Improve the Reliability and Security of MQTT Broker With Rate Limit
Table of Contents
Rate limit generally refers to restricting data transfer rates within a network during a given period, ensuring network traffic remains within acceptable limits. This can prevent congestion and overload at the receiver side, avoiding effects on its stability and reliability.
This blog will look at another benefit of rate limit: how it can enhance the security of IoT platforms and applications.
How Does Rate Limit Secure the System?
Rate limit typically involves managing the regular traffic within a network, which originates from legitimate access and varies based on user behavior. For example, during a user's waking hours, the system experiences increased incoming traffic, decreasing when the user is inactive. In this blog post, we will explore the impact of rate limits on mitigating malicious traffic.
While we might employ authentication and authorization services to minimize the risk of malicious attacks on our system, we must also acknowledge the possibility of user accounts being hacked or stolen. Without a rate limit policy, an attacker could exploit a compromised account to flood our system with malicious traffic, resulting in an excessive system load. During peak traffic periods, this overloading could potentially impair the system's ability to deliver fast and reliable services to legitimate users.
However, with an appropriate rate limit policy, even an attacker possessing a compromised account would only be able to access the system in a limited manner, ensuring that they cannot generate more traffic than the system can handle.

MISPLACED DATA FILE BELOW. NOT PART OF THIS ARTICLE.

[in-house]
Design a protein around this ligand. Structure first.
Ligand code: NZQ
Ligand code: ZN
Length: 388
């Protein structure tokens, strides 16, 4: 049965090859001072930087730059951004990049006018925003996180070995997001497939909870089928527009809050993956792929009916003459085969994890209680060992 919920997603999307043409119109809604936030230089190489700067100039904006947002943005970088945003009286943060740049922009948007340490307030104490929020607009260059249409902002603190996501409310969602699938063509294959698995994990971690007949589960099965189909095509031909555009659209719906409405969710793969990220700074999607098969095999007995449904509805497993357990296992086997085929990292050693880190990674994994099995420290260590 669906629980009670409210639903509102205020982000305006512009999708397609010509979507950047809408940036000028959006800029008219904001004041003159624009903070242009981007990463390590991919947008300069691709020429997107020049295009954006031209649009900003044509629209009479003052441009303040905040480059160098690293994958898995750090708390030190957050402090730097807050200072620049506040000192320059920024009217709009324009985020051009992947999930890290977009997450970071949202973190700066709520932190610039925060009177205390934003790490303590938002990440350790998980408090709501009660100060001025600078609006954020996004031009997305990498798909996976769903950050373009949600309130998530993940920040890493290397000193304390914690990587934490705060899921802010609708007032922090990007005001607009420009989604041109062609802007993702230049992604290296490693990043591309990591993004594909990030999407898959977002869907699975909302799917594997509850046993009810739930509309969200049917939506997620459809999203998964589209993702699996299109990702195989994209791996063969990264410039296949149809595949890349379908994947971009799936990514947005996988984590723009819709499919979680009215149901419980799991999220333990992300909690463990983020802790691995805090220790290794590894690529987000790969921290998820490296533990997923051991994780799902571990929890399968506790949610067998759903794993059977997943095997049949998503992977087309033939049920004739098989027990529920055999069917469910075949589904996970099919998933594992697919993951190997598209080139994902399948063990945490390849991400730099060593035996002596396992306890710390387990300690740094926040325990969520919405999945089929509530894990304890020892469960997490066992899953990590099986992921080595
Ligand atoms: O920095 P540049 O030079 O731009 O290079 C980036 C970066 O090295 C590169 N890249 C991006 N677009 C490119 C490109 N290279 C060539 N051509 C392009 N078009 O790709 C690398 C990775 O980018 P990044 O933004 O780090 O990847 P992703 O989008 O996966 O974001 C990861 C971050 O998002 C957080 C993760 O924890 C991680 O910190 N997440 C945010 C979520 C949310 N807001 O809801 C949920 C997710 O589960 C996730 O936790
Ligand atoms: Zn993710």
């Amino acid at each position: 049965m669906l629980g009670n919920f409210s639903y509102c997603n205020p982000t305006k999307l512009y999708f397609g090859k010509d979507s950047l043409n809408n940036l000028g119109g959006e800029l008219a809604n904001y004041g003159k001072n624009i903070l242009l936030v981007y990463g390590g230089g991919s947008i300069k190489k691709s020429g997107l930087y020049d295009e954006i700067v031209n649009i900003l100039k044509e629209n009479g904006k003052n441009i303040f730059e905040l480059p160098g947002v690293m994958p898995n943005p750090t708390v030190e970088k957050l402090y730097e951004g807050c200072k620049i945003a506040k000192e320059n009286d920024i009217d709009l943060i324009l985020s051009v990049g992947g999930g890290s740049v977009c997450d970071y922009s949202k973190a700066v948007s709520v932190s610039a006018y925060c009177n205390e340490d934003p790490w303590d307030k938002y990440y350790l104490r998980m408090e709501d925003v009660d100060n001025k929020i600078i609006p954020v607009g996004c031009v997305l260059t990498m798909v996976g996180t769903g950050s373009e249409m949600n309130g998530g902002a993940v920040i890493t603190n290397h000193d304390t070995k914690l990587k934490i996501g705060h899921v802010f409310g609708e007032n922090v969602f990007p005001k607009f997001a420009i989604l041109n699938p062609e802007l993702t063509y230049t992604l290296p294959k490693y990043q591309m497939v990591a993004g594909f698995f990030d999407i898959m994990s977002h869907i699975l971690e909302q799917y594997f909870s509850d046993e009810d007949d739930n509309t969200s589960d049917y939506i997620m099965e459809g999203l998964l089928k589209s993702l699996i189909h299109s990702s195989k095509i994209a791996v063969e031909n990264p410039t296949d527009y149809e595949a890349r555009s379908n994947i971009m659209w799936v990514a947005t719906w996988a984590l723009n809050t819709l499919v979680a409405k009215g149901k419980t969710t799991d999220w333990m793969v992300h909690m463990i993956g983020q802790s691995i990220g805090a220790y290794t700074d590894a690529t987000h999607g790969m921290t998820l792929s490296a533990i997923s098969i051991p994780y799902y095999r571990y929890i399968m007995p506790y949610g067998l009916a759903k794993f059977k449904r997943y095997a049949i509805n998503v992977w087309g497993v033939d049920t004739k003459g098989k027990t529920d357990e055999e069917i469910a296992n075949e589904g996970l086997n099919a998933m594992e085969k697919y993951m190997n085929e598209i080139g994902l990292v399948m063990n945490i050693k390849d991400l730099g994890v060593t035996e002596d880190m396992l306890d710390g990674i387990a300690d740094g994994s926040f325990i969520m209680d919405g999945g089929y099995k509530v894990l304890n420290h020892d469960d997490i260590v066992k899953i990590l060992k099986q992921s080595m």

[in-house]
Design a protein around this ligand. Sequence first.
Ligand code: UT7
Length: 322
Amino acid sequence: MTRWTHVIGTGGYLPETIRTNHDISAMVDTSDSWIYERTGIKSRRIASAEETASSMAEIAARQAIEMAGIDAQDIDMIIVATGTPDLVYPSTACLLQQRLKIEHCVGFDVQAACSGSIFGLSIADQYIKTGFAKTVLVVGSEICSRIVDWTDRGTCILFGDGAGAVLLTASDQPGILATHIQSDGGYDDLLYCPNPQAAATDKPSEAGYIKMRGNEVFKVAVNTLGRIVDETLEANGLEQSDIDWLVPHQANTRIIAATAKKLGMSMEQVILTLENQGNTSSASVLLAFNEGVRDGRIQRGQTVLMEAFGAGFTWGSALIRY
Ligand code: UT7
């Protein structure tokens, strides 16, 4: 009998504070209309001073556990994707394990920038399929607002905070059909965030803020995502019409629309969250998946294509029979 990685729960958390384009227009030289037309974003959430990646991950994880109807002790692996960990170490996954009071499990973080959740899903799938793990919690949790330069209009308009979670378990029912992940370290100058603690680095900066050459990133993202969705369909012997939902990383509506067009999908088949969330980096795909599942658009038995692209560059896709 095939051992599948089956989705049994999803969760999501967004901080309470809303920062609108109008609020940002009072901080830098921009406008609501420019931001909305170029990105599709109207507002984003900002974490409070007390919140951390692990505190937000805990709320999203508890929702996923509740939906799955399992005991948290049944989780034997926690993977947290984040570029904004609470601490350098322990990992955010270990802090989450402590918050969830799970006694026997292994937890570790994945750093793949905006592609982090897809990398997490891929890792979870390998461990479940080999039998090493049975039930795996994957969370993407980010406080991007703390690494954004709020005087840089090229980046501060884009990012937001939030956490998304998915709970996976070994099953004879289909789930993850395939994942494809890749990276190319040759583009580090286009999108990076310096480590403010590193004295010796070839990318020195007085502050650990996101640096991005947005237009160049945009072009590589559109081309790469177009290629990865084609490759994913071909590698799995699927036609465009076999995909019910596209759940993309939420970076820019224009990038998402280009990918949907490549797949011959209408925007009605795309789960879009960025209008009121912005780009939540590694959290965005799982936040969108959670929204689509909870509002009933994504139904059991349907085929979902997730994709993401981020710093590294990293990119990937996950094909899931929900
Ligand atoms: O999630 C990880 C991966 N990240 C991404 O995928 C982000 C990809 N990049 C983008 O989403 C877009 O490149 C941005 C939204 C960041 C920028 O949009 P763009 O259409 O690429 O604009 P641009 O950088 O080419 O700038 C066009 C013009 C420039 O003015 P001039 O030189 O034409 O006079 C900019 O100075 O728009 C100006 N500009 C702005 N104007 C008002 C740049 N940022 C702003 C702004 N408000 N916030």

Common Rate Limit Policies in MQTT
Limit the Rate and Number of Client Connections
When a client establishes a connection, the server undertakes various tasks, including creating a new thread and registering the Client ID. If authentication services are enabled, each connection request triggers a server-side authentication process. This process may entail database lookups and CPU-intensive hash calculations, especially when employing more secure hash algorithms.
As a result, restricting the maximum connection rate of clients effectively prevents attackers from exhausting server resources by initiating a large number of connections within a short period of time.
Furthermore, maintaining connections on the server side incurs resource consumption in terms of CPU, memory, and other resources. Attackers can exploit this by attempting to establish a significant number of idle connections with the server, thereby disrupting its regular operations. Hence, it becomes imperative for the server to enforce limitations on the maximum number of connections.
A configuration example in EMQX:
max_connections = 1024000
max_conn_rate = 1000
Limit the Publish Rate or Set Quota
We need to restrict the publishing rate of individual clients by setting limits on the maximum number of messages they can publish per second or the total message size they can publish per second. The latter prevents attackers from quickly depleting server resources by flooding the system with a small number of large messages. Additionally, combined with permission management mechanisms, different rate limits can be assigned to clients based on their permission levels.